Gift and loan back strategies are commonly used as a form of asset protection, and are often used by will makers to strip the equity/value out of their estate in an effort to defeat family provision applications under s41 of the Succession Act. This section allows the Court to make provision for a spouse, child or dependent of a deceased person if adequate provision was not made for the spouse, child or dependent in the deceased’s will.

A recent decision from the Supreme Court of Queensland (in which Wilson Lawyers’ litigation team acted for one of the successful parties) has cast doubt on the efficacy of gift and loan back strategies as an estate planning tool. This article, by Kellie Keenan and Simon Thompson, discusses the recent Supreme Court decision and the key takeaways for estate planning.

Here, a technical issue rendered the gift and loan back strategy ineffective. However, the Court also indicated that the arrangement was almost certain to be void and unenforceable as against public policy and on the basis that it was a sham (because no funds transfer was intended to occur during the deceased’s lifetime and her sole intention was to defeat a family provision application by her daughters). As such, the message from the Court is clear: CAUTION.

The Decision: Re Permewan No. 21

The decision relates to the estate of the late Prudence Permewan, who died on 21 September 2019 and was survived by three adult children – Scott, Donna and Marla.

Prudence’s assets were estimated to be worth approximately $3M.

By her will, Prudence appointed Scott as her executor, left shares in a trustee company (Zalerina Pty Ltd) to Scott, and left the rest of her estate to the Lotus Trust (of which Zalerina Pty Ltd was the trustee). Because Zalerina Pty Ltd was the trustee of the Lotus Trust, leaving the shares in Zalerina Pty Ltd to Scott put him in control of the company and, thus, also the Lotus Trust. Prudence did not make provision for either Donna or Marla in her will.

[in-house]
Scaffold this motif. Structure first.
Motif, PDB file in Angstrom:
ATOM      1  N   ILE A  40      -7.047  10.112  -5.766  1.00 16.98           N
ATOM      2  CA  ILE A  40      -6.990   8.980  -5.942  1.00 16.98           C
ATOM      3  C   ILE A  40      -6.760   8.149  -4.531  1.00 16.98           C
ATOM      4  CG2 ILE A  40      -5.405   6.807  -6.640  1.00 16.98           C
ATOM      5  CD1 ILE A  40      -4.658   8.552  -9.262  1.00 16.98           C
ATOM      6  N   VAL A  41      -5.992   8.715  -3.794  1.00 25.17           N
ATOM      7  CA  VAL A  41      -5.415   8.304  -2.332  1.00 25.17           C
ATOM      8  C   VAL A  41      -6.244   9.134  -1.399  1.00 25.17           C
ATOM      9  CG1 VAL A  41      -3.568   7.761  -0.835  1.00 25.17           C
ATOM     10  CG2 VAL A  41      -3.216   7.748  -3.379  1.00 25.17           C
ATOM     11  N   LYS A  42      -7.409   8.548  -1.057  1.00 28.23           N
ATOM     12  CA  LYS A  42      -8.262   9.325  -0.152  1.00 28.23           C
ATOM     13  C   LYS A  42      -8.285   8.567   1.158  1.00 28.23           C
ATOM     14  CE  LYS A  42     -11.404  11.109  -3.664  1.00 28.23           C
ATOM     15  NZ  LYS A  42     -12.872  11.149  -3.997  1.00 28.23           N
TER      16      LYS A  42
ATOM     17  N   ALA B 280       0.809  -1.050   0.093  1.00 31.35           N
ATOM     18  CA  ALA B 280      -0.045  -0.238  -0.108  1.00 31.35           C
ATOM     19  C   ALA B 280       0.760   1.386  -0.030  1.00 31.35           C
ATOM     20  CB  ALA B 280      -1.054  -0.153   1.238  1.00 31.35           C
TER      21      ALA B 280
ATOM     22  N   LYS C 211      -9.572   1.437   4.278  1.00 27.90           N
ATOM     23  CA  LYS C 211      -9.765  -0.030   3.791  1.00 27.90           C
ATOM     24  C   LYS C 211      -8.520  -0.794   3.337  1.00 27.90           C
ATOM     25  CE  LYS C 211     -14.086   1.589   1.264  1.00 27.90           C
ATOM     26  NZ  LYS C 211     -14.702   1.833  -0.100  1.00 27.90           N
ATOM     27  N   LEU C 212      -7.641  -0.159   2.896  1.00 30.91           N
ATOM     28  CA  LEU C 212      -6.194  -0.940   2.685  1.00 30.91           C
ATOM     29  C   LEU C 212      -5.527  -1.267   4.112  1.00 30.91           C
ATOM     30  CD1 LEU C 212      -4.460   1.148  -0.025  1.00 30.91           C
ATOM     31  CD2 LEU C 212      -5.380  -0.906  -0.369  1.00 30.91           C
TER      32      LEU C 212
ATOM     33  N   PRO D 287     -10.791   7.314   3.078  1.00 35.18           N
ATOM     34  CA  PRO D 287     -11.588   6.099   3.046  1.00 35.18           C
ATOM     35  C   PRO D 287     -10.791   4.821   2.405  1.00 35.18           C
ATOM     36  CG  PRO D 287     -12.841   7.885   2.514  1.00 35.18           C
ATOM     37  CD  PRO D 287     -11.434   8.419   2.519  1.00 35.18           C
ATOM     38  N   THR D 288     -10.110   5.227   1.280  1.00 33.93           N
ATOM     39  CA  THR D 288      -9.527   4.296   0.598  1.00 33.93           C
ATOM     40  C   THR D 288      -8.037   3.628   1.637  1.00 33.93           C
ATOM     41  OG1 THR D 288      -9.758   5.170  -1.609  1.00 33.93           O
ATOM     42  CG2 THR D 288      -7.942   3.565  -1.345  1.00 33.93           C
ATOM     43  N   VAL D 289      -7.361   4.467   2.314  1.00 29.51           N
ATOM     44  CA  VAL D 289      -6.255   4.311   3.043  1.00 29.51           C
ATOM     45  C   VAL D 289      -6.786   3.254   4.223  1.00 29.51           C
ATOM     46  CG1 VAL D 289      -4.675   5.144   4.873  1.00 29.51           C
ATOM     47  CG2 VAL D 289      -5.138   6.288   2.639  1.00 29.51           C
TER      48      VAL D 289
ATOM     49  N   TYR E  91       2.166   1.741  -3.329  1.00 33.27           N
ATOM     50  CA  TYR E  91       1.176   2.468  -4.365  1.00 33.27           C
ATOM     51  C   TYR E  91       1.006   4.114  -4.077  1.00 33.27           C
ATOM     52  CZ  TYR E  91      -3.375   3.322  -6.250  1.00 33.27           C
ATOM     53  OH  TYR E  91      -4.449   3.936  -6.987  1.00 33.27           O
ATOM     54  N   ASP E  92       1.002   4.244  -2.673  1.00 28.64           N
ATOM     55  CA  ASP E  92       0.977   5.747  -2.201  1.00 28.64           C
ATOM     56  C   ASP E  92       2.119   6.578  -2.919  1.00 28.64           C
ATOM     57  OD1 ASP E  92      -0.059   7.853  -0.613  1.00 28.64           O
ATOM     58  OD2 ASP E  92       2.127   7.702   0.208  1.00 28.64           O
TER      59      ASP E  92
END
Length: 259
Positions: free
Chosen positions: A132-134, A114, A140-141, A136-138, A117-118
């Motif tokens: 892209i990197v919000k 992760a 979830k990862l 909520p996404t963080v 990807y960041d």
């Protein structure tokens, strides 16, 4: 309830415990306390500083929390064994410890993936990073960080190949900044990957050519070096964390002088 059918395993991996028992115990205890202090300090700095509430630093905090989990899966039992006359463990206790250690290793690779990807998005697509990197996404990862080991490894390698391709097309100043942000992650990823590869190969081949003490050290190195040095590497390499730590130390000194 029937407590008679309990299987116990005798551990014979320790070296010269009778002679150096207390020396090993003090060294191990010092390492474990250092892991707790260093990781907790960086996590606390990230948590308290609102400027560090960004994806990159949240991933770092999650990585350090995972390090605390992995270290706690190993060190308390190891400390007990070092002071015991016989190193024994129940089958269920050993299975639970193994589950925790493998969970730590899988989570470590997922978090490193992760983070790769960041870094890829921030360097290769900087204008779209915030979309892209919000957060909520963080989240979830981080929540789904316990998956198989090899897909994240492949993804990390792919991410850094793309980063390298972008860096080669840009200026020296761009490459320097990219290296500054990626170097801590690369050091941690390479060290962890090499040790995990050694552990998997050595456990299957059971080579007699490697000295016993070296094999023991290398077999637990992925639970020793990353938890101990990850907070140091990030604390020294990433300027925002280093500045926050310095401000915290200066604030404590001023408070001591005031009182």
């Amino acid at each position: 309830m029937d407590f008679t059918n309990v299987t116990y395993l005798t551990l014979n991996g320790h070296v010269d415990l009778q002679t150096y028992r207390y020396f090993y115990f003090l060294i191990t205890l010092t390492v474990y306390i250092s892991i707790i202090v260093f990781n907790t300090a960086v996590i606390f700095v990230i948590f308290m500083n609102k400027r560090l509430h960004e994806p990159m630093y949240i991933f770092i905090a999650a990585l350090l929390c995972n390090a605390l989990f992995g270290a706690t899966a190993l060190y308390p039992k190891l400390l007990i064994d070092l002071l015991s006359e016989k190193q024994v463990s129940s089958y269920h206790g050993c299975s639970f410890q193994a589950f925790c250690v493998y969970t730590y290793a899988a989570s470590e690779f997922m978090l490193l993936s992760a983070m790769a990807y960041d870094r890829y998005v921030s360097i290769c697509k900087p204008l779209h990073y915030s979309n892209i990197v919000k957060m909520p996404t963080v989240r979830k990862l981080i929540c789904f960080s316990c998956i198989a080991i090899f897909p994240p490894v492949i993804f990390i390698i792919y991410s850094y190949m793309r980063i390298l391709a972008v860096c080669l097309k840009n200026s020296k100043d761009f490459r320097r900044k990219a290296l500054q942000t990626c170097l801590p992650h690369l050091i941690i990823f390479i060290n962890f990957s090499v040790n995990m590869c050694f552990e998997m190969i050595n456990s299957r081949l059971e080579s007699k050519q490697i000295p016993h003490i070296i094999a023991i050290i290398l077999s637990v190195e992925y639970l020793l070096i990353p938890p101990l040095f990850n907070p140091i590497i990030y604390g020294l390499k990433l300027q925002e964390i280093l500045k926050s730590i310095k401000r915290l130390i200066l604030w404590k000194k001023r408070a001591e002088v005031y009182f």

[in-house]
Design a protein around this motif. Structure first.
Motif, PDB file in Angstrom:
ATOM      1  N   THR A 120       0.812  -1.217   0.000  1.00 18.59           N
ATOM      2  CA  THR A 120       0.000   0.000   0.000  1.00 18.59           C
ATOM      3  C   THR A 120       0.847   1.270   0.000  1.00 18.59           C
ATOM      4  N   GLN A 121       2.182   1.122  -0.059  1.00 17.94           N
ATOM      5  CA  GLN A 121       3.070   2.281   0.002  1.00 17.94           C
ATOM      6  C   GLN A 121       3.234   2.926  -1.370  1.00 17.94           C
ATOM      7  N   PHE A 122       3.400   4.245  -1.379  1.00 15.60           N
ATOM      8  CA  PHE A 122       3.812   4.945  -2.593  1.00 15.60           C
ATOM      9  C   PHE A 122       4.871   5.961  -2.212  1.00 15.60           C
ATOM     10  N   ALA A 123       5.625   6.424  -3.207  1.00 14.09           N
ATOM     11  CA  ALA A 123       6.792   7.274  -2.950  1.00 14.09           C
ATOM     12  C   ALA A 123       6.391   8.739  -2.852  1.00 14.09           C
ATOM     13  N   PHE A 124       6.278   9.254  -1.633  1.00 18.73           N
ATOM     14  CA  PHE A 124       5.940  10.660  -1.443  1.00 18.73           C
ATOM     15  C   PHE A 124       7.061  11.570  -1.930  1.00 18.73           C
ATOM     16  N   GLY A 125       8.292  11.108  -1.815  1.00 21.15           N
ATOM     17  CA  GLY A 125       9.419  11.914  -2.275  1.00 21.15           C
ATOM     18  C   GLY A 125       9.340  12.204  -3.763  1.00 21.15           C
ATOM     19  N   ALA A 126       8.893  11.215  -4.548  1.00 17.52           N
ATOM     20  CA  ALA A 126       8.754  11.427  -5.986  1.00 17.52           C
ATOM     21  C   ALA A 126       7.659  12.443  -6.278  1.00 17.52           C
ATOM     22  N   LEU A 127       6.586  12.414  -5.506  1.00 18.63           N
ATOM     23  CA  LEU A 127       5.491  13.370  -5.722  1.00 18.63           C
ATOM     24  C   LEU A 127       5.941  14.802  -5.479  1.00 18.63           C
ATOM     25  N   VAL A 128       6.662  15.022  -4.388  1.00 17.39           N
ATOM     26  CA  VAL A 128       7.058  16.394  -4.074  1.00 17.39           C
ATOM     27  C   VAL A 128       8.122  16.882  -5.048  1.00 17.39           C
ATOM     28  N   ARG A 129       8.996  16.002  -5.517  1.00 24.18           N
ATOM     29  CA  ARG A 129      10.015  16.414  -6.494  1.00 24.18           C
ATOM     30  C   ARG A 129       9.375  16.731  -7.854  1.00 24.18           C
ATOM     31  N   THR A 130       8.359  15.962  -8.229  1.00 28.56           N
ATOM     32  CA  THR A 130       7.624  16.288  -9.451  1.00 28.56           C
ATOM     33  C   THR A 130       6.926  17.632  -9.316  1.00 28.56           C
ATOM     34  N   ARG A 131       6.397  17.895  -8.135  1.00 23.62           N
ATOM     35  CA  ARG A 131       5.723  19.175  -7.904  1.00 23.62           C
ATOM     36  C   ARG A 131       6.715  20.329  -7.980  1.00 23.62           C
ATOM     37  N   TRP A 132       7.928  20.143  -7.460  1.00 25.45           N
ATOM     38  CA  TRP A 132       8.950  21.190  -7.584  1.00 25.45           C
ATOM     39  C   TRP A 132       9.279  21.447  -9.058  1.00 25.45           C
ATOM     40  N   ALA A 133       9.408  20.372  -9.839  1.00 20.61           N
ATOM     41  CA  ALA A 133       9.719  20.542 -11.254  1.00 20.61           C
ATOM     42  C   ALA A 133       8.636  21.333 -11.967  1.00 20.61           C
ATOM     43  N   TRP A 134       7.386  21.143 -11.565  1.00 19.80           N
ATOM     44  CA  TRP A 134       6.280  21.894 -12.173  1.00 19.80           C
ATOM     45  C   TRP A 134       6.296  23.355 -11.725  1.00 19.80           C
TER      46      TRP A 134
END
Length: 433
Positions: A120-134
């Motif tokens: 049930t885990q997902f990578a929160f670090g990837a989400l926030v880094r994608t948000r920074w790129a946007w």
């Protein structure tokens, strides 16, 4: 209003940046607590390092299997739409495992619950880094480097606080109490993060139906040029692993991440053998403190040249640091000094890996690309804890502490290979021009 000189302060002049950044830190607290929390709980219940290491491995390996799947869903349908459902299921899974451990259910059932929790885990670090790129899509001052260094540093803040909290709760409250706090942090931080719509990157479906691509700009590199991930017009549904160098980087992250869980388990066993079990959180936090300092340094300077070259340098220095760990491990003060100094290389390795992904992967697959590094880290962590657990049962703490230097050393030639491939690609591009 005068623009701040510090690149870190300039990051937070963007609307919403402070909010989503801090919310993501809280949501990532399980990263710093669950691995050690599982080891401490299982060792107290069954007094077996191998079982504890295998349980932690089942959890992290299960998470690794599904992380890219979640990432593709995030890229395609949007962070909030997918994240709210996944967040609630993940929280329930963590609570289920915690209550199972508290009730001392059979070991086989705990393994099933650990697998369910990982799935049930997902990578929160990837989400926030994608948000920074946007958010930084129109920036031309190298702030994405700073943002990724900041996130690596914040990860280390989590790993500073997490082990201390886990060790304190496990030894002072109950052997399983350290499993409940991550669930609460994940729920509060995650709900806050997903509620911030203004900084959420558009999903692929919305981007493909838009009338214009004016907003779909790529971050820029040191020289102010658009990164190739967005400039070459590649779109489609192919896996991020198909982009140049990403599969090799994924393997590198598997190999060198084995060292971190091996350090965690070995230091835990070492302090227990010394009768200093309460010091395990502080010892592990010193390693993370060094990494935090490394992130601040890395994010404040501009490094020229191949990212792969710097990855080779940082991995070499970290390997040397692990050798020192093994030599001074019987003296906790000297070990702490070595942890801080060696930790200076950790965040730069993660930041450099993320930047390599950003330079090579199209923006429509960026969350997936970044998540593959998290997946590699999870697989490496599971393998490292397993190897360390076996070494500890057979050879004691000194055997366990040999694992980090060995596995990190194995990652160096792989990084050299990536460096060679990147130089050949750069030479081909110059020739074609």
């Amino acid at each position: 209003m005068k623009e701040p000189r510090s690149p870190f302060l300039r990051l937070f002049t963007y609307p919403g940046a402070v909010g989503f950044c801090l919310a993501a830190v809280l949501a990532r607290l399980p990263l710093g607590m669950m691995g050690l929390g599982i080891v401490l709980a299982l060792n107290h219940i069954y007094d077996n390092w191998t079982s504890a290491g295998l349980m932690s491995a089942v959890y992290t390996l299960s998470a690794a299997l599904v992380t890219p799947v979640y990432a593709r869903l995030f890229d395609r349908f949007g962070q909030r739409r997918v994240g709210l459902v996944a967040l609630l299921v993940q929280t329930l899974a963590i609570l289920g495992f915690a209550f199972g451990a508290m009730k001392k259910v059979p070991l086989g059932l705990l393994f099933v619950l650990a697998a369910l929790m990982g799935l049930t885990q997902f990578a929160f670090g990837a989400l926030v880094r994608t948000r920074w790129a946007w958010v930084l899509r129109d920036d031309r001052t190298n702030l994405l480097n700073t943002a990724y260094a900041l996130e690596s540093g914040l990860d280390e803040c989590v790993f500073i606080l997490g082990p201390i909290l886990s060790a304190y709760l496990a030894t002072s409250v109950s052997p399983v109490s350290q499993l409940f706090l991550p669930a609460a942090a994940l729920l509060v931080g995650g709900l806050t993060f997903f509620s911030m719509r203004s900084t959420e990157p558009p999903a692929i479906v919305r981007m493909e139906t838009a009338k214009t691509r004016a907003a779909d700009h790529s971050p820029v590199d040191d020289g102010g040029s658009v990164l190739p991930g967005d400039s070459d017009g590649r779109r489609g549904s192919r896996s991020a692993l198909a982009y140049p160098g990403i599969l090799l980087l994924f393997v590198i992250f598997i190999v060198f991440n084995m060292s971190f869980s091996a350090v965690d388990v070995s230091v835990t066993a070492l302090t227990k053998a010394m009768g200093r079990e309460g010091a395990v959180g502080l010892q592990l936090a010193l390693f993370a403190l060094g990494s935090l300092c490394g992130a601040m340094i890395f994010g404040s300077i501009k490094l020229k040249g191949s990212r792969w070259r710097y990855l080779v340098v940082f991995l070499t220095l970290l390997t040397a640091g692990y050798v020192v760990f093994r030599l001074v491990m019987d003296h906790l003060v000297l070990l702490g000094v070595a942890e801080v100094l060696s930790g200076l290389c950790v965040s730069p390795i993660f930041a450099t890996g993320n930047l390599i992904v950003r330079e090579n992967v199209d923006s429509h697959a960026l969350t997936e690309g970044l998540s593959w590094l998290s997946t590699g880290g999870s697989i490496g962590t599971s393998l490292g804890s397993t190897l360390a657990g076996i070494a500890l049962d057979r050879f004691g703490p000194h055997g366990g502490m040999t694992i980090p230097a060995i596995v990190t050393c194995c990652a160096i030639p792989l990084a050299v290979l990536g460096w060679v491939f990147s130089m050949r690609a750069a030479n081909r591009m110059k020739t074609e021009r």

Probate of the will was granted to Scott on 29 January 2020. Subsequently, pursuant to an application by Donna, the Supreme Court ordered that Scott be removed as executor and that an independent administrator be appointed in his place.2 A series of transactions Prudence entered into prior to her death, which Scott was unwilling to investigate, were central to the Court’s decision in that case (in this article, we refer to these as the “gift and loan back transactions”).

The recent decision, which is the focus of this article, addressed the gift and loan back transactions. The gift and loan back transactions were evidenced by a number of documents, including in particular a “bearer promissory note” between Prudence and Zalerina Pty Ltd as trustee of the Lotus Trust, purporting to gift and loan back the sum of $3M as between Prudence and the Lotus Trust.

The intended effect of the gift and loan back transactions was that:

  • Prudence gifted $3M to the Lotus Trust via the promissory note;
  • the Lotus Trust loaned $3M back to Prudence via the same promissory note; and
  • Prudence encumbered her assets in order to provide security for the loan.

Importantly, Prudence didn’t have $3M in cash to gift to the Lotus Trust, nor did the Lotus Trust have $3M in cash to loan to Prudence. On the evidence presented to the Court, the loan was never intended to be called upon during Prudence’s lifetime. That is, the loan was only ever intended to take effect on her death such that her estate would have no net assets.

Ultimately, Scott and the new trustee of the Lotus Trust conceded that the Court could not find that a promissory note, which was central to the efficacy of the gift and loan back transactions, had been delivered. Without that, the gift and loan back transactions remained incomplete, and thus ineffective. That being the case, the decision only addressed the question of costs and the trial judge did not make findings in relation to the validity of the gift and loan back transactions. However, in determining the question of costs, the Court provided some guidance as to its opinion of the gift and loan back transactions.